The photo was taken in 1951 the year before I started school. There are some people I recognize in the photo. My first teacher, Ms Rena, who taught the small grades is standing on the end in the back row. Next to her is our cook Ms. Winnie. On the other end is the other teacher who taught the high grades and was also the principal. I can't remember his name.
The school was located about a mile from where we lived. It stood at the end of the holler next to the big highway. It was built sometime in the late 1920's. It was named for the Dewey community in which we lived and thus became known as the Dewey School.
This was the second school in the community. The first was up the road about a quarter of a mile. It was also named Dewey school. The story goes that late one night two of the students who obviously didn't like to go to school set fire to it and burned it down.
I started to school in 1952. It was the first year that the county had school buses to pick up the children. Prior to that they walked or were driven by one of the parents who had a car. Some students walked three or four miles one way just to go to school. Our bus was one of those little short buses. The year after we got a big bus and the little bus was used to transport the black students in town forty miles to school.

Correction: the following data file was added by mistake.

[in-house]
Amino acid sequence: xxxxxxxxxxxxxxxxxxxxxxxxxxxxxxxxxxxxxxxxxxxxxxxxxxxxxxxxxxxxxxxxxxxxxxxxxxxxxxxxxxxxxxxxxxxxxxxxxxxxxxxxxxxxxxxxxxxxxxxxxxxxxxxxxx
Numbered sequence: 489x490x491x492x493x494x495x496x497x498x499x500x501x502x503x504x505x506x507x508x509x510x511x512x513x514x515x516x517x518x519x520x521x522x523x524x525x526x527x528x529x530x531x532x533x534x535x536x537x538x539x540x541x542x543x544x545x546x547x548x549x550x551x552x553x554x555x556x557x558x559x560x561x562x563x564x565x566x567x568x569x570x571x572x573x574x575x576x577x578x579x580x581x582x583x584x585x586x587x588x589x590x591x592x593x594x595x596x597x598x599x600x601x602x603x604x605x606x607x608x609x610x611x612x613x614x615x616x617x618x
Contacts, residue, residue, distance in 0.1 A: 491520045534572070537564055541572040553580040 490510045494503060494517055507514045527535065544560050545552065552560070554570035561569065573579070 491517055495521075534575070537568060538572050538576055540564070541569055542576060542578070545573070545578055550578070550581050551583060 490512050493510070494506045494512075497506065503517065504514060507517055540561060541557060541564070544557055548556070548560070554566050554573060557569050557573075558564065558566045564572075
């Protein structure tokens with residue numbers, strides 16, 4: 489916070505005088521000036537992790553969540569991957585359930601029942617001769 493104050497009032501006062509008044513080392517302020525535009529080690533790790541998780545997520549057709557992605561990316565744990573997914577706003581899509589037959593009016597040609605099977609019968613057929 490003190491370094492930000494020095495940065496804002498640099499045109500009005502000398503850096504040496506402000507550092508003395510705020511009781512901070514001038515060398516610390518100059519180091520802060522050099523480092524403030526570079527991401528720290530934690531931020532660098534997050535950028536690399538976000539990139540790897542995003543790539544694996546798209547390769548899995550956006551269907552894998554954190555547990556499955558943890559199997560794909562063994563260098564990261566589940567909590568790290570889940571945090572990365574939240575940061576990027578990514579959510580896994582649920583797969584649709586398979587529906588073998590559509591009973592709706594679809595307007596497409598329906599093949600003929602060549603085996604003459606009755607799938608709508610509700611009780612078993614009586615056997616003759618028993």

The school had two rooms. There were four grades in each room. The rooms were the same size but were called the Big Room for the bigger kids and the Small Room for the smaller kids. There were doors that folded back to make it one big room. Each room had its own cloak room to hang our coats and boots. There was also a kitchen where Ms. Winnie and Ms. Hazel prepared our lunch. We had a bucket with one dipper for all the kids to drink out of.
There was a belfrey with a big old bell which was rang by the principal before school at recess, lunch and when school ended. I remember asking one time if I could ring the bell. He told me if I did that I would be sucked up into the belfrey and never come down.
There were no bathrooms. We had an out house on each side of the school. One for the boys and one for the girls. That worked out just fine until one day we had a small tornado touch down and destroyed the boys out house. Then we had a common out house.
I don't remember the girls having jobs at school but the boys had to go out to the coal shed to bring in the coal and wood kindling for the big pot bellied stove and they had to shake the erasers at the end of the day.
The year after I started school, all the schools in Johnson county were consolidated and they did away with all the two room schools. We were bussed about five miles to the big new modern Doe School which had a separate room for each class, water coolers, two large bathrooms and a gym. This school is still in use today.
That's it for today.